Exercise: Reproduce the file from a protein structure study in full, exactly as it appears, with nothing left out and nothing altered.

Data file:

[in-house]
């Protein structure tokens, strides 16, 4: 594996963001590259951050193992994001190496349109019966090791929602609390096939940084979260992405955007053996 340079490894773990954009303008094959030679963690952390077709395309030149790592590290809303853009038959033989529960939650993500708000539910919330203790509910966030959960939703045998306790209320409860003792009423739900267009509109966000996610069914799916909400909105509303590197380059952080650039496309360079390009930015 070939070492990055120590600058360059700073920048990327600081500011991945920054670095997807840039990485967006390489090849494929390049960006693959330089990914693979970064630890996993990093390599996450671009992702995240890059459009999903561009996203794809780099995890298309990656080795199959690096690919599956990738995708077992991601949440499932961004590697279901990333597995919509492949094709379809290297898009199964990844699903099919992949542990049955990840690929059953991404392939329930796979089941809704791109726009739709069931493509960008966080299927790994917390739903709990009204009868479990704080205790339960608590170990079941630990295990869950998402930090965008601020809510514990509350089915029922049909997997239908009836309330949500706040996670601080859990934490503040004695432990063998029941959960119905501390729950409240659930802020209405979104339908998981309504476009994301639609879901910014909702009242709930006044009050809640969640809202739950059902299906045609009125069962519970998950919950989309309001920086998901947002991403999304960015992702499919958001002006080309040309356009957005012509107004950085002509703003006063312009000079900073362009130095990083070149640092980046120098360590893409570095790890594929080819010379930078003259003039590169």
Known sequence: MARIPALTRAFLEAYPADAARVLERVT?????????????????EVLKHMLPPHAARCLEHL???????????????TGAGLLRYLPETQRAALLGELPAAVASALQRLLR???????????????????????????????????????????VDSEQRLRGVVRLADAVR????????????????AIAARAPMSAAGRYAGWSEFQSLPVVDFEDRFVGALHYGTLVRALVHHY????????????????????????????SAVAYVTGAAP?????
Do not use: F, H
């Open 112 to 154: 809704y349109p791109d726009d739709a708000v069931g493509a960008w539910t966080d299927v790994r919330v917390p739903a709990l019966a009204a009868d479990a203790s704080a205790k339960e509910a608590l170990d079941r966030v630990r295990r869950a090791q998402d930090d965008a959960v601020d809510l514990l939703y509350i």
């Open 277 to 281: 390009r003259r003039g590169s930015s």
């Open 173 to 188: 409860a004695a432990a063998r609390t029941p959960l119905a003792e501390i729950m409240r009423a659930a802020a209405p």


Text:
[in-house]
């Protein structure tokens, strides 16, 4: 594996963001590259951050193992994001190496349109019966090791929602609390096939940084979260992405955007053996 340079490894773990954009303008094959030679963690952390077709395309030149790592590290809303853009038959033989529960939650993500708000539910919330203790509910966030959960939703045998306790209320409860003792009423739900267009509109966000996610069914799916909400909105509303590197380059952080650039496309360079390009930015 070939070492990055120590600058360059700073920048990327600081500011991945920054670095997807840039990485967006390489090849494929390049960006693959330089990914693979970064630890996993990093390599996450671009992702995240890059459009999903561009996203794809780099995890298309990656080795199959690096690919599956990738995708077992991601949440499932961004590697279901990333597995919509492949094709379809290297898009199964990844699903099919992949542990049955990840690929059953991404392939329930796979089941809704791109726009739709069931493509960008966080299927790994917390739903709990009204009868479990704080205790339960608590170990079941630990295990869950998402930090965008601020809510514990509350089915029922049909997997239908009836309330949500706040996670601080859990934490503040004695432990063998029941959960119905501390729950409240659930802020209405979104339908998981309504476009994301639609879901910014909702009242709930006044009050809640969640809202739950059902299906045609009125069962519970998950919950989309309001920086998901947002991403999304960015992702499919958001002006080309040309356009957005012509107004950085002509703003006063312009000079900073362009130095990083070149640092980046120098360590893409570095790890594929080819010379930078003259003039590169």
Known sequence: MARIPALTRAFLEAYPADAARVLERVT?????????????????EVLKHMLPPHAARCLEHL???????????????TGAGLLRYLPETQRAALLGELPAAVASALQRLLR???????????????????????????????????????????VDSEQRLRGVVRLADAVR????????????????AIAARAPMSAAGRYAGWSEFQSLPVVDFEDRFVGALHYGTLVRALVHHY????????????????????????????SAVAYVTGAAP?????
Do not use: F, H
């Open 112 to 154: 809704y349109p791109d726009d739709a708000v069931g493509a960008w539910t966080d299927v790994r919330v917390p739903a709990l019966a009204a009868d479990a203790s704080a205790k339960e509910a608590l170990d079941r966030v630990r295990r869950a090791q998402d930090d965008a959960v601020d809510l514990l939703y509350i």
């Open 277 to 281: 390009r003259r003039g590169s930015s």
């Open 173 to 188: 409860a004695a432990a063998r609390t029941p959960l119905a003792e501390i729950m409240r009423a659930a802020a209405p």